Mayor Johnson believes 2017 will be an exciting year for the city. In a recent article written by Chuck Warbington, Lawrenceville’s City Manager, he outlined the city’s 2017 goals. “Our goals are simple — retain workforce, recruit business, create housing opportunities, develop land to highest and best use, fill the downtown with viable businesses and create a live-work-play destination in the heart of our community.” (Gwinnett Daily Post, 1/3/17).
The list of 2017 projects in the city of Lawrenceville include: Construction on the college corridor that will connect GGC with the historic downtown Lawrenceville area. Input from GGC students who conducted a community survey of residents and local businesses were presented at the January work session meeting. Perry and Clayton Streets plan to be converted from one-way to two-way in an effort to improve traffic flow and congestion. Infrastructure improvements to roads, sidewalks, gas utilities, drainage are also slated for this year.
Monfort Drug Store is now home to McCray’s Tavern on the Square, located at the corner of North Perry and East Crogan Streets.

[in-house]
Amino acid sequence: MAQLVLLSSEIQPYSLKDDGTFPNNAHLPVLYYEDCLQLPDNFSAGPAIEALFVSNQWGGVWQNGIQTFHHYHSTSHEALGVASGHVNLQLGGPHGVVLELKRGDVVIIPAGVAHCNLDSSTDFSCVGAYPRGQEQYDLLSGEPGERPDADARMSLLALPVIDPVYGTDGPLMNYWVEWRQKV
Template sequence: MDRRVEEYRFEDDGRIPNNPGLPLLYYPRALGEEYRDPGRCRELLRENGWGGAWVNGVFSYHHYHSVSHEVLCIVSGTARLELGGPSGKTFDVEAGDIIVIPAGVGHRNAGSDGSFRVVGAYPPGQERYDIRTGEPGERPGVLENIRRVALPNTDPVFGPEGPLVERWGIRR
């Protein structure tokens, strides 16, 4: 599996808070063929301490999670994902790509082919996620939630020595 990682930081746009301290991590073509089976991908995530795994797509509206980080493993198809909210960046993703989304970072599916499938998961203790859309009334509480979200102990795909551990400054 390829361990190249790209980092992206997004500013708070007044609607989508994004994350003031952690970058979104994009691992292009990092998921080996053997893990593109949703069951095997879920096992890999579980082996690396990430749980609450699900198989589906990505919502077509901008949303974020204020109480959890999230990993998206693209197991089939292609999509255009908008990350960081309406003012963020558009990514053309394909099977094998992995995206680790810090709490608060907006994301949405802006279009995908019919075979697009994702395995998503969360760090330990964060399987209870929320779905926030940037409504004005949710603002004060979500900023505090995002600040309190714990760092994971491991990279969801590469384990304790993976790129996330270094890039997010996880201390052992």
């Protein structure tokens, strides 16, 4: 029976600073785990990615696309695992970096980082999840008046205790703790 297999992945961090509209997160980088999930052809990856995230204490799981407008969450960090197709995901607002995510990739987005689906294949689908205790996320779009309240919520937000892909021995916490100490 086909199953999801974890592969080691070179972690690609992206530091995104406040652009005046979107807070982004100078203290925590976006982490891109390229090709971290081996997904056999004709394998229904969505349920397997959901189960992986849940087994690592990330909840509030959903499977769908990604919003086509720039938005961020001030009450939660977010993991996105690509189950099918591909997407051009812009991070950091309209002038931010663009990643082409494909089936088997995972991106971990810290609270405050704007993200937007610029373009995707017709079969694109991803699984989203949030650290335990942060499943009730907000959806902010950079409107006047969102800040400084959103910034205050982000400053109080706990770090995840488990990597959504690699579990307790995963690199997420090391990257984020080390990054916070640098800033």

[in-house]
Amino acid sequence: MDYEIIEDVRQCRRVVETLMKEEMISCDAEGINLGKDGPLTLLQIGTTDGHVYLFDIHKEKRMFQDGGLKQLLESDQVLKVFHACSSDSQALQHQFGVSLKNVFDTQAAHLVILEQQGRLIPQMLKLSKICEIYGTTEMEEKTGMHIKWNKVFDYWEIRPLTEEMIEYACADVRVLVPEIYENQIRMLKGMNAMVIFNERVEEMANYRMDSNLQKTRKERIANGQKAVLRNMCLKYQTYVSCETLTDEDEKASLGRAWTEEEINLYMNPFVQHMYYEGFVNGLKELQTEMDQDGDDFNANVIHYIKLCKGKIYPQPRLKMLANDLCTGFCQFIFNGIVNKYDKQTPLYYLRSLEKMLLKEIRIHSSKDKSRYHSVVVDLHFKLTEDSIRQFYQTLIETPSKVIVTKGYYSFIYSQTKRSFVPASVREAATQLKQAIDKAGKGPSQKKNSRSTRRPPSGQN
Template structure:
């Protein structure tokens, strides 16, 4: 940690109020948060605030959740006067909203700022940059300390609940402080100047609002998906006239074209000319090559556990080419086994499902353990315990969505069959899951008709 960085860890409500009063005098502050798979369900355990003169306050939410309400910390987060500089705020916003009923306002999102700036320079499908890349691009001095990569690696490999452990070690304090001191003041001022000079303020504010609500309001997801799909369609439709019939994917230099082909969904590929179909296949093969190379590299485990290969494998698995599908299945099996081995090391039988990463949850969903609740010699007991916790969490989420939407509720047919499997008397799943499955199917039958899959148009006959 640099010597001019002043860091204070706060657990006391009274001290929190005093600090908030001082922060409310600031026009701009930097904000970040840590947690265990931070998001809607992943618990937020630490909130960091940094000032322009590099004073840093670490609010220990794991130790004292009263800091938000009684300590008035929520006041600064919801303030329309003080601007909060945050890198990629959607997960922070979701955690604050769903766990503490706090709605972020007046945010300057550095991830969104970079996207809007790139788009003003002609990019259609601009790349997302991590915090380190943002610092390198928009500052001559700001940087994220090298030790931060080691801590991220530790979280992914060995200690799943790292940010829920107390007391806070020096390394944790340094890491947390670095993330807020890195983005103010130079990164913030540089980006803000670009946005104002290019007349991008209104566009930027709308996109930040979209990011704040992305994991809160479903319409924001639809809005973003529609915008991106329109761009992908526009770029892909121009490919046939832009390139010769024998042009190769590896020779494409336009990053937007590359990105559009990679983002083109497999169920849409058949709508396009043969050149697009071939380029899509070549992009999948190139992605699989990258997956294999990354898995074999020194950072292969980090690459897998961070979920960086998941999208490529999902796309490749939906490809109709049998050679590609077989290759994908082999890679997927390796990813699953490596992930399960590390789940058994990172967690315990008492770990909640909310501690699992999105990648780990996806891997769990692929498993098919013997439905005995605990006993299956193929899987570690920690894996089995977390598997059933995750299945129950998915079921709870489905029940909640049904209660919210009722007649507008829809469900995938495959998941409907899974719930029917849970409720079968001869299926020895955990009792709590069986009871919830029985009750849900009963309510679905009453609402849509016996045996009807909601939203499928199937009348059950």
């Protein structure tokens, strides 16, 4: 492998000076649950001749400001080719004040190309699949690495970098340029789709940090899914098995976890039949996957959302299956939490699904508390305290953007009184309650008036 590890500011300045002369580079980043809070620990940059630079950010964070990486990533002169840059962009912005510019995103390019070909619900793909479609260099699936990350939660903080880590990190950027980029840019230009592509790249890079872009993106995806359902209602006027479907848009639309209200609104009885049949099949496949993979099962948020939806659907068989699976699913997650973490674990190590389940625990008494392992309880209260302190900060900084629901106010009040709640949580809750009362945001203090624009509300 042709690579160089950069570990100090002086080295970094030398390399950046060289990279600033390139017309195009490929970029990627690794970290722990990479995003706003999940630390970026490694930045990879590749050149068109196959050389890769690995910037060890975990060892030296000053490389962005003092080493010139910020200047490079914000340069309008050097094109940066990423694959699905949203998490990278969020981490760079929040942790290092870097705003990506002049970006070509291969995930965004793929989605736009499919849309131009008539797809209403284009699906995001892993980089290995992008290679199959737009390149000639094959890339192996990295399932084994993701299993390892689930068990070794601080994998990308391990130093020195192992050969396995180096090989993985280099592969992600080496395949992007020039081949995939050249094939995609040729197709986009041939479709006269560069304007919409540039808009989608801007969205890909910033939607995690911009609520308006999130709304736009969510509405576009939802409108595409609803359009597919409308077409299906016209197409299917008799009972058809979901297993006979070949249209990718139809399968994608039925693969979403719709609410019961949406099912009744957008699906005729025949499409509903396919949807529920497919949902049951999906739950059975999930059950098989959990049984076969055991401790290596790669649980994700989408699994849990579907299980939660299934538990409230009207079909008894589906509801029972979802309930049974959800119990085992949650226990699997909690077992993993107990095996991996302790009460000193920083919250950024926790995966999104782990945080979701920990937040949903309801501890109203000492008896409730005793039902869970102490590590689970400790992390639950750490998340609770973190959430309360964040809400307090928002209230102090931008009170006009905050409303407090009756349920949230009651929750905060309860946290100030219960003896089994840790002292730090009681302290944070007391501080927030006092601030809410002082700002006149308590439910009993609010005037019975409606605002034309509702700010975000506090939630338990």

In addition, public/private development opportunities are underway. Slow Pour Brewing Company, owned by Marty Mazzawi and John Reynolds, plans to open this year in an over 100 year old building at 407 North Clayton Street. Mayor Johnson said the 3,000 square foot tasting room will allow visitors to sample the brewery’s beers after touring the facility.
A block away, the Lawrenceville Depot has become The Gwinnett School of Music. The building, constructed in 1910, located at 106 Depot Street, not only houses the Gwinnett School of Music, but is being utilized as a venue for house concerts on the weekends and other events. All five of their locations (Duluth, Grayson, Lawrenceville, Lilburn, and Suwanee) offer private music lessons on a variety of instruments. In addition to instrumental instruction, they offer vocal lessons, a Preschool Music Class, and the Atlanta area’s first rock school program - the Gwinnett School of Rock. The Gwinnett School of Music is contributing in making the area around the Depot an entertainment district.
Mayor Johnson, excited about the accomplishment of previous projects, remarked, “I am most proud of the Aurora Theatre and the opening of the Lawrenceville Lawn.” The City of Lawrenceville continues to work hard revitalizing the downtown district. “I’m truly blessed to be a part of the history of this city. It’s exciting to be a part of its past and I’m looking forward to a great future.”